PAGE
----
Object: Wakahuia (treasure box)
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|Title||Wakahuia (treasure box)|
Unknown (carver), 1800, New Zealand
x 370mm (Length)
x 110mm (Width/Depth)
|Credit line||Oldman Collection. Gift of the New Zealand Government, 1992|
This waka huia (treasure box) has elaborate surface carving with two raised masked faces on the lid and double opposing heads at each end of the box. The whole surface area is oriented around a series of haehae (parallel grooves) containing scalloped unaunahi (fish scale) patterns. These are arranged in a haphazard manner around the whole vessel, although the carver has attempted to create more formal design fields on the sides of the box.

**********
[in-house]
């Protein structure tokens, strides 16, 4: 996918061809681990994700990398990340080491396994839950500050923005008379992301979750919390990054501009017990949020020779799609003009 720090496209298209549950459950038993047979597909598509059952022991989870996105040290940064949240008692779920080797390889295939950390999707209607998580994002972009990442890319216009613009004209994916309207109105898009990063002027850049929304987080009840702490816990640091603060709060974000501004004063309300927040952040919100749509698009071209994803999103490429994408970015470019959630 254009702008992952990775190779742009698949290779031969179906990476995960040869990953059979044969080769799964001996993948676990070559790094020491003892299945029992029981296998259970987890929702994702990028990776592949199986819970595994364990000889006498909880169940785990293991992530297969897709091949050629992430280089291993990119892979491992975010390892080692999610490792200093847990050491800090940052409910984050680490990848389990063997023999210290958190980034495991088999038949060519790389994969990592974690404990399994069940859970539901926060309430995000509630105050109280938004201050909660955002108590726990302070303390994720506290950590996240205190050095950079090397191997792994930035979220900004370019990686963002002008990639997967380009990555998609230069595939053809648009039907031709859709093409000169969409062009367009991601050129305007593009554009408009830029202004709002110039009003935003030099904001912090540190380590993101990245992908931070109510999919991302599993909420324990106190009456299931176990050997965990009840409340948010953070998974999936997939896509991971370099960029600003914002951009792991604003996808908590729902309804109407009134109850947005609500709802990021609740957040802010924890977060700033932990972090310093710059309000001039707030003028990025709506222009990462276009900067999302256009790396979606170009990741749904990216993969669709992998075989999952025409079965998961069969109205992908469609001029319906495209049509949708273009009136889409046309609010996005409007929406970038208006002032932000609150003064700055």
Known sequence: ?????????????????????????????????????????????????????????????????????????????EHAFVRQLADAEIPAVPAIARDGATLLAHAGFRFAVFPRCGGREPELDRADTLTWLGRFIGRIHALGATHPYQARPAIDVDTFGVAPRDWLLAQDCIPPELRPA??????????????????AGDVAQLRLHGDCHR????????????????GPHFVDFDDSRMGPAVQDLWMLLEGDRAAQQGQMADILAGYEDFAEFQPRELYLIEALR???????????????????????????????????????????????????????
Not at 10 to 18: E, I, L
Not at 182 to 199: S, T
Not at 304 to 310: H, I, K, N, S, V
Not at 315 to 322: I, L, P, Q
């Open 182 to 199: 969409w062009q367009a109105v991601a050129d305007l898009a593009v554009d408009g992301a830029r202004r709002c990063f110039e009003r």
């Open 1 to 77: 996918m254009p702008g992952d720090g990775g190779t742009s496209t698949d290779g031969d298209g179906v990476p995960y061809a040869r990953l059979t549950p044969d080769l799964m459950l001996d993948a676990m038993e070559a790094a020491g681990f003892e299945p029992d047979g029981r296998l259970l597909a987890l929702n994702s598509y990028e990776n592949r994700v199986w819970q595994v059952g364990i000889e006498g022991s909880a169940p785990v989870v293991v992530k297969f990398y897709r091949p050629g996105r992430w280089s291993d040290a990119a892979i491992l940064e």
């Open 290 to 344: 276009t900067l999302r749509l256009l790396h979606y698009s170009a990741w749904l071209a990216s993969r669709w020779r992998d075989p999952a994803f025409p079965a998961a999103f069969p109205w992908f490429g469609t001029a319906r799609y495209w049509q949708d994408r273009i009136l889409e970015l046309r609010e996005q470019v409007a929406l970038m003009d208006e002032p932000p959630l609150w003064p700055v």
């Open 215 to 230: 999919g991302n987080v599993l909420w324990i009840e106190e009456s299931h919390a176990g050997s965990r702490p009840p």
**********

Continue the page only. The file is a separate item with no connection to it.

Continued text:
Papahou and wakahuia
The rectangular form of papahou is a northern variation of the more widespread waka huia, which are canoe shaped.
Waka huia were used to contain the treasured personal adornments of both men and women - items such as hei tiki (pendants) and hüia (extinct New Zealand bird: Heteralocha acutirostris) feathers for decorating and dressing the hair. They were hung from the interior rafters of houses.
This waka huia was repatriated to New Zealand from Britain in 1948 as part of the substantial W O Oldman Collection purchased by the New Zealand Government.
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